Jeanette M
Jeanette M
  • Hometalker
  • Hastings, FL
Asked on Apr 13, 2012

how do you clean really rusted cast iron skillets. I found some in an olld shed and would like to use them.

Lorraine MontiethTerri WJeanette S
+12

Answered

15 answers
  • Designs by BSB
    on Apr 13, 2012

    if minor, a brillo pad.. or depending on your pan size, use a few teaspons of kosher salt with equal parts of vegetable oil .. with a folded paper towel or rag, vigorously rub the entire pan - of course concentrating on the rust spots. whatever does not come off that way, use a steel wool to remove the remaining.

  • Sheila D
    on Apr 13, 2012

    Don't forget to season the cast iron after you have cleaned it.

  • Patricia B
    on Apr 13, 2012

    If it has been used or seasoned before use a sos pad and rince and dry and rub oil into it. Always make sure after using it and washing it dry it and rub oil into it before you put it away. Thats what I do with mine.

  • Depends what you mean by "really rusted" If pitted don't bother. But if this is just a layer of dry surface oxide, a swish an soak with white vinegar and steel wool will get you started. We use CI all the time and have over a dozen good spiders. To season it the first time, we use the oven to bring it up over 200° for a good 20min with oil in it. Heating the cast iron opens up pores to let oil work in and make it into a non-stick surface Clean after using and rinse, then wipe right away. Don't put them in the dishwasher and don't let them sit with water in to cause rusting again. I wash with the sponge and dish soap, then set it on the range top burner to warm it dry and add oil and wipe with paper towel right away. Then it is all ready for next time

  • Donna McCrummen
    on Apr 13, 2012

    steel wool, yes. soap, no.

  • Linda
    on May 14, 2012

    I've reclaimed lots of rusted iron skillets and pots by using a rotary wire brush on a drill to clean the bad rust off. Then scrub it good with a Brillo pad. Once clean and rinsed, dry good quickly, like by placing on a hot stove. Rub down with unsalted fat of some sort or oil and I've even placed them in the fire of a bonfire or woodstove and then repeated the oiling after they cool. Don't leave them in a really hot fire or all your oiling will burn off and will come to naught. You just want to season it. After that you can use it and wash it lightly, re-oiling as needed. Just make sure you dry it and don't use harsh detergents on it that will remove the oil.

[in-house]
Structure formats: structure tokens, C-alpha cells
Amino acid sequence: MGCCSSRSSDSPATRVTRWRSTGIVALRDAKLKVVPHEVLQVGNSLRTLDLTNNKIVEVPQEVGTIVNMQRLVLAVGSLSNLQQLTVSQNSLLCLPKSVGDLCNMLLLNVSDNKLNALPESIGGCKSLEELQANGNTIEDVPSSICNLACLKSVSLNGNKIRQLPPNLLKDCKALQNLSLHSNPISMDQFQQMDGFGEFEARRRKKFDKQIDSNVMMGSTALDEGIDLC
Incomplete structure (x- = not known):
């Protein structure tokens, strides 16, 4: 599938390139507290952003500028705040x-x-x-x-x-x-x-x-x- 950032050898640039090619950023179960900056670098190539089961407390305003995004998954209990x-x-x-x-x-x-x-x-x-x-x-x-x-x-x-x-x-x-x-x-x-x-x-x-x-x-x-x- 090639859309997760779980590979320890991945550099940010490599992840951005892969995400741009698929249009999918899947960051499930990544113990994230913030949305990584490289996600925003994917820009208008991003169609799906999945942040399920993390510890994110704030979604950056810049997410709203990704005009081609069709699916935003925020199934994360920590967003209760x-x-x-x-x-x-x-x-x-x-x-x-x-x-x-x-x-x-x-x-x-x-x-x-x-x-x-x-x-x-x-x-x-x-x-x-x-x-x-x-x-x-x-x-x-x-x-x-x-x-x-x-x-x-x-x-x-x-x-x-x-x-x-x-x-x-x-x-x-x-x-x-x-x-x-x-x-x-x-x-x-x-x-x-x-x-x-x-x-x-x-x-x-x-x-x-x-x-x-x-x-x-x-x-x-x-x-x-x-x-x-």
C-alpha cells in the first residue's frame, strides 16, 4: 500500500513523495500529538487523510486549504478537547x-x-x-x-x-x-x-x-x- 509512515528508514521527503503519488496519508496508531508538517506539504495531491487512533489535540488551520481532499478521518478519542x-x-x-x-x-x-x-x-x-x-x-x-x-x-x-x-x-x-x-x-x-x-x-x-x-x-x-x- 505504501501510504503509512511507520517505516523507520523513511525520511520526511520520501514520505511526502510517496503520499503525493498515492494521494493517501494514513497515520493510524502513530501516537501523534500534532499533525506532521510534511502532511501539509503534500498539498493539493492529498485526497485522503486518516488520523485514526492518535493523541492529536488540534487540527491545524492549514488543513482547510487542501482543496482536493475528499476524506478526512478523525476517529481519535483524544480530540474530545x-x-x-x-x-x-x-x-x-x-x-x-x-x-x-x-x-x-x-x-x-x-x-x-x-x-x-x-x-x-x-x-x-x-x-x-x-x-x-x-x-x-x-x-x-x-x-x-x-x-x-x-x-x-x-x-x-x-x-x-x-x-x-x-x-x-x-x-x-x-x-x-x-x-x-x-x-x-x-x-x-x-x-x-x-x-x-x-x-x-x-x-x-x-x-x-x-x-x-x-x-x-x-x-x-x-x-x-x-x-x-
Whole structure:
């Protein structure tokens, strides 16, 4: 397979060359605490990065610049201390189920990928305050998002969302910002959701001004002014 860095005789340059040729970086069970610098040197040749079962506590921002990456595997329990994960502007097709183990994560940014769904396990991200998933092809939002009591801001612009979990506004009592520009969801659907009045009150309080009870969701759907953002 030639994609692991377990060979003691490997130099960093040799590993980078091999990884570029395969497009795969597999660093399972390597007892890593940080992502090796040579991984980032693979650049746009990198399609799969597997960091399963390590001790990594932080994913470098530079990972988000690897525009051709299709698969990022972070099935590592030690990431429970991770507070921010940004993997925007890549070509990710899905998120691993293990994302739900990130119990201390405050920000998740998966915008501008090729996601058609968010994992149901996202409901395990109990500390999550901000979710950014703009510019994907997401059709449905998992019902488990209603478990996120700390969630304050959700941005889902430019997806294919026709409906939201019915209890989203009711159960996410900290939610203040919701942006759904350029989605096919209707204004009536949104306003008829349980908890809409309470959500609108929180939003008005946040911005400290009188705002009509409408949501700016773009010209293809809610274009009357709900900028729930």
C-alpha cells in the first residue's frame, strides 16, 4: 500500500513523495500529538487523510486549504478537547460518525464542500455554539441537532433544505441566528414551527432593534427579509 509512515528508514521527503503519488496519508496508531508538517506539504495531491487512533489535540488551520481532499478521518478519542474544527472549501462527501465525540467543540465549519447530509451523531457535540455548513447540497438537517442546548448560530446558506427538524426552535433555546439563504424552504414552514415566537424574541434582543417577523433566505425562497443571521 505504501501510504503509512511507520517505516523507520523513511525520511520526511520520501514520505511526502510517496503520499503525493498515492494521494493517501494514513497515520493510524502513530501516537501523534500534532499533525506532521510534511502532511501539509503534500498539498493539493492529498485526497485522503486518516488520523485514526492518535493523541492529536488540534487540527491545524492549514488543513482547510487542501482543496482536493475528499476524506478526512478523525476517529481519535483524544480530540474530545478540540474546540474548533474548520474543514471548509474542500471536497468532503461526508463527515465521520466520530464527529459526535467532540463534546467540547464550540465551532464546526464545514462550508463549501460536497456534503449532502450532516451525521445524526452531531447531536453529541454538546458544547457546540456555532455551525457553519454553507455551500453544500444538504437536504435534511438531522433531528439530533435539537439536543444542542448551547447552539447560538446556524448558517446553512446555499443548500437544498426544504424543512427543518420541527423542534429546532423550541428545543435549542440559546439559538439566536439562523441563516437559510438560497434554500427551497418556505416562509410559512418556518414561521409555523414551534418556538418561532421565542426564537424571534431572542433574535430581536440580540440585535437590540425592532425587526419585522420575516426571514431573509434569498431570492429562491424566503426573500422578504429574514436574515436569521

• Jeanette M
    on May 14, 2012

    I want to thank everyone for their suggestions. I am getting on this on the week end.

  • Beatrice Abfalter
    on May 15, 2012

    if pitted, can have it sand blasted, I had this done to a huge fry pan, so big I could hardly lift it myself, and it came back smooth and shiny.

  • Dawn Q
    on May 16, 2012

    Use baking soda to scrub them, then wipe olive oil all over them. Wipe the outsides off after treating with oo and never put them in water. Allow the inside to sit and soak up the oil.

  • Barbara
    on May 16, 2012

    Since I use these cast iron skillets all the time, I give them a good scrubbing with SOS pads and wash then dry immediately, I usually dry mine on a low heat stove burner to dry. Then coat the skillet with a generous coating of oil and place in a 350 degree oven for a couple of hours, this will season it. When the cast iron begins to look dry just clean and season it again. I clean and season my skillets and dutch ovens about once a year.

  • Jeanette S
    on May 19, 2012

    I never use soap on my skillets, but I still cannot give up rinsing them in water! But lately i have begun to think I better let go of that idea too! I use a razor blade to scrape anything stiking to them. My mother gave me one that was so old it felt like satin on the inside! Sweet!!!!!

  • Terri W
    on May 21, 2012

    once you get the rust off, steel wool and cooking oil cuts it off , you can wash them when needed with soap, must be old fashioned soap not detergent! My skillets are over 100 yrs old and they are slick and no stick, eggs slide in them. cook gravy in them and just clean with water only, then dry, they love it!wipe with oiled paper towel rub in good before putting away, i hang mine on the wall.

  • Lorraine Montieth
    on Dec 15, 2013

    Build a fire outside (or in a wood burning fire place) when the wood has burned down to glowing coals put the cast iron pan or pot in it, let it burn down and cool on it's on. After it's cool scrub with soap and water, then season with shorting. I was taught this by my Grand Mother and have been doing this for 45 years myself. I love to get cheap yard sale cast iron pans and reuse....

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